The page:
The Pornography of War
We are all sorry when we are found out. The question is what lesson have we learned? The question is, what are we going to do now that we are sorry?
The apologies are starting to flow.
At this point in history, much of humanity obviously remains incapable of avoiding the barbarity of war. That savagery was inherent in warfare was assumed in the past. But modern warfare is still replete with human savagery. The moral enlightenment of western warriors -- aside from the question of whether one could ever consider a warrior morally enlightened -- still leaves a whole lot to be desired.
The My Lai Massacre was supposed to be an aberration, but other stories of horrors perpetrated by US soldiers against the Vietnamese percolated through, despite attempts to quash them and cover up the crimes. The crimes were myriad as revealed in the Toledo Blade expose on the atrocities of a rampaging platoon called Tiger Force: “Women and children were intentionally blown up in underground bunkers. Elderly farmers were shot as they toiled in the fields. Prisoners were tortured and executed -- their ears and scalps severed for souvenirs. One soldier kicked out the teeth of executed civilians for their gold fillings.” (1)
As for how many were killed, former Pvt. Ken Kerney said, “We weren’t keeping count.”
“I knew it was wrong,” he admits, “but it was an acceptable practice.” (2)
The atrocities were known at high levels within the government and hushed up. (3)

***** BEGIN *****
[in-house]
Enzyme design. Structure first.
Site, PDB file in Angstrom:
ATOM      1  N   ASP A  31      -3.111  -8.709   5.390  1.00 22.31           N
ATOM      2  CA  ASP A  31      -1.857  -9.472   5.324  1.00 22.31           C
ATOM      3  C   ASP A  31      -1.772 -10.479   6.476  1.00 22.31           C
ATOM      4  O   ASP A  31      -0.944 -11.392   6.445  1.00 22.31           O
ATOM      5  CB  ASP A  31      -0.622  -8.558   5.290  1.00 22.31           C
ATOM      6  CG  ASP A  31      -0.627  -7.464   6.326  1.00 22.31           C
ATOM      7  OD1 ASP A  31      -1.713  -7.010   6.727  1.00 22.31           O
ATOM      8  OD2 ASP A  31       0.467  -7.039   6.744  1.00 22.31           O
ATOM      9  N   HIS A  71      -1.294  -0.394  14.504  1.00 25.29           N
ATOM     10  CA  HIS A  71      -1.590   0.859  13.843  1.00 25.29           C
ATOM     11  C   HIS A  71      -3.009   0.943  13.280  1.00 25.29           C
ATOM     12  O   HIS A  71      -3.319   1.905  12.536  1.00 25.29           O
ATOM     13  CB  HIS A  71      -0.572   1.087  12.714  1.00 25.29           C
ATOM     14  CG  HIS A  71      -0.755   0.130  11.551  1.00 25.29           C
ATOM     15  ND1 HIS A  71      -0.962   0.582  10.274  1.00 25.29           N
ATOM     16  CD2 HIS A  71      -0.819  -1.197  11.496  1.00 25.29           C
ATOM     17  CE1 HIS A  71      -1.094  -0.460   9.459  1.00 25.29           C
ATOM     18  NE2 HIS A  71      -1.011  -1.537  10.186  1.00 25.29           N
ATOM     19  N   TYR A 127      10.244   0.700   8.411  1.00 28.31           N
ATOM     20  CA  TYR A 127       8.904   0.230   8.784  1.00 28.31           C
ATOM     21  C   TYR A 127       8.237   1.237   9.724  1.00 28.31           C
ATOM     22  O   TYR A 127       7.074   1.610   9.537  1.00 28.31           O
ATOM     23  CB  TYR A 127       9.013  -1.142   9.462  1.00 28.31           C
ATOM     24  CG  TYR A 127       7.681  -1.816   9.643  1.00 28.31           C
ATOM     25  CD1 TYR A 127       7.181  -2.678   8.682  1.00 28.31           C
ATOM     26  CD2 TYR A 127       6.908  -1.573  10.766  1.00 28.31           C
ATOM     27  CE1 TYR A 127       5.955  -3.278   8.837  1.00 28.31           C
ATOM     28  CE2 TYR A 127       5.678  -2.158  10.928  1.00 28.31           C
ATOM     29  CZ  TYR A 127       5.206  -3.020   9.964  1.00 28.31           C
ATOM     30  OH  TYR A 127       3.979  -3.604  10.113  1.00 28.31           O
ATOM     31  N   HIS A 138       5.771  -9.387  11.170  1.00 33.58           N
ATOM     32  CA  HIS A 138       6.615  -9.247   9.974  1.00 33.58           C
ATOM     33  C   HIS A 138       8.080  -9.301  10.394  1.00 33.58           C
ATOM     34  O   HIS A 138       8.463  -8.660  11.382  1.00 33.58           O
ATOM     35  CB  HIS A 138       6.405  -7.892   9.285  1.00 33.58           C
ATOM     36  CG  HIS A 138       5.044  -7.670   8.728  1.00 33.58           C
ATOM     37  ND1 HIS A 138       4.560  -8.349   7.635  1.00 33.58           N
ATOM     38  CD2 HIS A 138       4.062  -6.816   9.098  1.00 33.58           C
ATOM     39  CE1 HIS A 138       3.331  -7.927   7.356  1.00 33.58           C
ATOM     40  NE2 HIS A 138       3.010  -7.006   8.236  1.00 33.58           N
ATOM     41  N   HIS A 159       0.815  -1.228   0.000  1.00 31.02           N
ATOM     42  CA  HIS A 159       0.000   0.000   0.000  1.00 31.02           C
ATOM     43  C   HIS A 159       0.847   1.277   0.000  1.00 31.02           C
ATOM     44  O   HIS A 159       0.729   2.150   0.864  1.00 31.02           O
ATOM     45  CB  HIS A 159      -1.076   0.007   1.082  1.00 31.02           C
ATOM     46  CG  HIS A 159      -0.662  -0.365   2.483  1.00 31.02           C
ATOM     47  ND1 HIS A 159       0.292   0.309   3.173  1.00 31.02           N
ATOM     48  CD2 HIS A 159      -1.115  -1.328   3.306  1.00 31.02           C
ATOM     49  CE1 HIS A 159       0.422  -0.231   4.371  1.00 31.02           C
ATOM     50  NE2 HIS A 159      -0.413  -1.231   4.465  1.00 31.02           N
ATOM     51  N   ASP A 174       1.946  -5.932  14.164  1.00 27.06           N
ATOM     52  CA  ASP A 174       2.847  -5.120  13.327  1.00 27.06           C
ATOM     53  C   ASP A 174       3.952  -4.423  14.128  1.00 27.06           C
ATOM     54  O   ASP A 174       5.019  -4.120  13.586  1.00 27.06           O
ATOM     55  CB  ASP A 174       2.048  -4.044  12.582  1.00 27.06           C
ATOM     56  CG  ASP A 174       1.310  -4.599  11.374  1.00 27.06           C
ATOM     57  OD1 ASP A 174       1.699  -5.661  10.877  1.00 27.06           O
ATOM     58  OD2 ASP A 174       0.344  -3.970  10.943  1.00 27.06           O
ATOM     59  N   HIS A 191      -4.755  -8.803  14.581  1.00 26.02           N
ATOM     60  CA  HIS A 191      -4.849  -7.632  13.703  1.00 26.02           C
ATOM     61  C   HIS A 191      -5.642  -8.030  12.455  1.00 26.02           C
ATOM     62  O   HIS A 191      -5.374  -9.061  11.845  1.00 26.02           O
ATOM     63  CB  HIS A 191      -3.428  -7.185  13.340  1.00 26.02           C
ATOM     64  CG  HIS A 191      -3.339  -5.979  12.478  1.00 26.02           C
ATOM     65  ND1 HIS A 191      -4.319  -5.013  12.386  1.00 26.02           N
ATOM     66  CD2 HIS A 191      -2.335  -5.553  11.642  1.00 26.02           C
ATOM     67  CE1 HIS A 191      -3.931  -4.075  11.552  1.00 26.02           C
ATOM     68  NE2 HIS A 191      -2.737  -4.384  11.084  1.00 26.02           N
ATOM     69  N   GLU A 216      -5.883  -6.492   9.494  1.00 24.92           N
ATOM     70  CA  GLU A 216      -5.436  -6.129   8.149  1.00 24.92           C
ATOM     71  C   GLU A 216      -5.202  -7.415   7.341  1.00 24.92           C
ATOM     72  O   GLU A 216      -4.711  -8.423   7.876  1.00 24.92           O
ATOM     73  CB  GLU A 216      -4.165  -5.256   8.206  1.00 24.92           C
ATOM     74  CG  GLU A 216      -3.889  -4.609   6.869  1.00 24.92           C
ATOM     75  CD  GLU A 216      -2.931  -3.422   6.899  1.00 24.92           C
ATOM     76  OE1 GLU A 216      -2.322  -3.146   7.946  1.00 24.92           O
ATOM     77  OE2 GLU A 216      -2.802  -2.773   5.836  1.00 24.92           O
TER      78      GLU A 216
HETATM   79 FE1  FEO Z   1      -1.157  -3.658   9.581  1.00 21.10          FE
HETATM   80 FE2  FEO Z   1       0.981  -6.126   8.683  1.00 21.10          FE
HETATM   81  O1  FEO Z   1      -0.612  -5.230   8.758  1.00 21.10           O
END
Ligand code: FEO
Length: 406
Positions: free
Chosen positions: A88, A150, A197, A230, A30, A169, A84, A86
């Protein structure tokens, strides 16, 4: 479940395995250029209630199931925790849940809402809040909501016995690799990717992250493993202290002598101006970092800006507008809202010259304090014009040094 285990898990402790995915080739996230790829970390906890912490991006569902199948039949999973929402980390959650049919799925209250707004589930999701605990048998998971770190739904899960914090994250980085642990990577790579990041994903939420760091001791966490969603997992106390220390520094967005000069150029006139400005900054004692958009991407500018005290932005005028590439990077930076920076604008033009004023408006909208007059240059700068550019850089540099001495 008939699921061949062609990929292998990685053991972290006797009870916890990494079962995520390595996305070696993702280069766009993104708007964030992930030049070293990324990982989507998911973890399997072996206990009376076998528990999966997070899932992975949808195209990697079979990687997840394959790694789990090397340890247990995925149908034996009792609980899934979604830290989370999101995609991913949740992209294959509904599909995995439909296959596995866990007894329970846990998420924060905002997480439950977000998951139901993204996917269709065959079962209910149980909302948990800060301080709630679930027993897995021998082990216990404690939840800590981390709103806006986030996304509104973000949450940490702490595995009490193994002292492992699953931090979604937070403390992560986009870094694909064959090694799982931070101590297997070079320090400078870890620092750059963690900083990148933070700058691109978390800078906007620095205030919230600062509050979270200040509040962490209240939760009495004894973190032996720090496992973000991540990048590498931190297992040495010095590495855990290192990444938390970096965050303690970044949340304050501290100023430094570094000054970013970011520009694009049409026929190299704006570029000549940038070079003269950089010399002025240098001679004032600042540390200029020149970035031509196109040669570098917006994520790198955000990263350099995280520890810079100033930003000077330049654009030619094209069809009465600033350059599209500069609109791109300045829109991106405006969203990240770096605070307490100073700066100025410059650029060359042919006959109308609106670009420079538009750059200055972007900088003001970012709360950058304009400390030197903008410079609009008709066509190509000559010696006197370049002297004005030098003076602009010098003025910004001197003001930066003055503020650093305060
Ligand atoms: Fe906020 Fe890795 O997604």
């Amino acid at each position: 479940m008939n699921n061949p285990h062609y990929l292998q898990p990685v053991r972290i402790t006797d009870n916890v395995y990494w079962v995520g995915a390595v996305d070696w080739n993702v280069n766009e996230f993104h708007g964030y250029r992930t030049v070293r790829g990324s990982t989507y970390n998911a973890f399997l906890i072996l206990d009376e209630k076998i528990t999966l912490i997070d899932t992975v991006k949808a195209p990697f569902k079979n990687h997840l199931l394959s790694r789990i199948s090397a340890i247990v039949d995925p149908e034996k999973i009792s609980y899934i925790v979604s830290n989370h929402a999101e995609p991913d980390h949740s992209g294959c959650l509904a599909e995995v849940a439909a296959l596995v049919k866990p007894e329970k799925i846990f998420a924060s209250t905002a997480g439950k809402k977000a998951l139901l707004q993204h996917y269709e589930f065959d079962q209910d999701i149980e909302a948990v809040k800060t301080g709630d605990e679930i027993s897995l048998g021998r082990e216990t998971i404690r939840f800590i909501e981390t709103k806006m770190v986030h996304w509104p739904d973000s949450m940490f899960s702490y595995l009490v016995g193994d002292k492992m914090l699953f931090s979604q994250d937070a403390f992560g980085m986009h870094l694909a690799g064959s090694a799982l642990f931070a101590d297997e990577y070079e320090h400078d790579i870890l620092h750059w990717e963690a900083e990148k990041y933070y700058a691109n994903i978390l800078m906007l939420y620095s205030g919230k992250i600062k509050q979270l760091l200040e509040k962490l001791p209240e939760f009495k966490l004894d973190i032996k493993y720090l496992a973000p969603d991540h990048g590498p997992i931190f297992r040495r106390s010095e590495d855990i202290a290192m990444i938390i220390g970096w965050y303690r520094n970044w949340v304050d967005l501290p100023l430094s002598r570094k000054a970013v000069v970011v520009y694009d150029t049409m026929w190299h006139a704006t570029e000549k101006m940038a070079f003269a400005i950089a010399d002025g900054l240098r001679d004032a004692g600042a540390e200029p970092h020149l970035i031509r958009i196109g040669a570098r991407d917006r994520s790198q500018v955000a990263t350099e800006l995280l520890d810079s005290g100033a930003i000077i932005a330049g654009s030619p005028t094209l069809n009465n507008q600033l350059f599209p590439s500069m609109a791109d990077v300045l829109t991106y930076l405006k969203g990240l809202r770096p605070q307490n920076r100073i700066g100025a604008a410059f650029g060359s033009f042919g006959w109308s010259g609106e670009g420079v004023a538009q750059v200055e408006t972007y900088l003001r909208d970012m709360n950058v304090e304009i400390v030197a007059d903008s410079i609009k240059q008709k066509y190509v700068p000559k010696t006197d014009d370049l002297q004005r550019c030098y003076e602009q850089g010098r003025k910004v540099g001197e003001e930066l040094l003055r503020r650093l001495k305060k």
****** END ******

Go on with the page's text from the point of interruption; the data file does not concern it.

Even John Kerry admitted to war crimes in Vietnam as a daily occurrence. Back on 27 April 1971 Kerry stated,
“These were not isolated incidents but crimes committed on a day-to-day basis with the full awareness of officers at all levels of command. It is impossible to describe to you exactly what did happen in Detroit -- the emotions in the room and the feelings of the men who were reliving their experiences in Vietnam. They relived the absolute horror of what this country, in a sense, made them do.”
“They told stories that at times they had personally raped, cut off ears, cut off heads, taped wires from portable telephones to human genitals and turned up the power, cut off limbs, blown up bodies, randomly shot at civilians, razed villages in fashion reminiscent of Ghengis Khan, shot cattle and dogs for fun, poisoned food stocks, and generally ravaged the countryside of South Vietnam in addition to the normal ravage of war and the normal and very particular ravaging which is done by the applied bombing power of this country.” (4)
Kerry himself was culpable. He confessed to Tim Russert in an interview on Meet the Press, “I committed the same kind of atrocities as thousands of other soldiers have committed …” (5)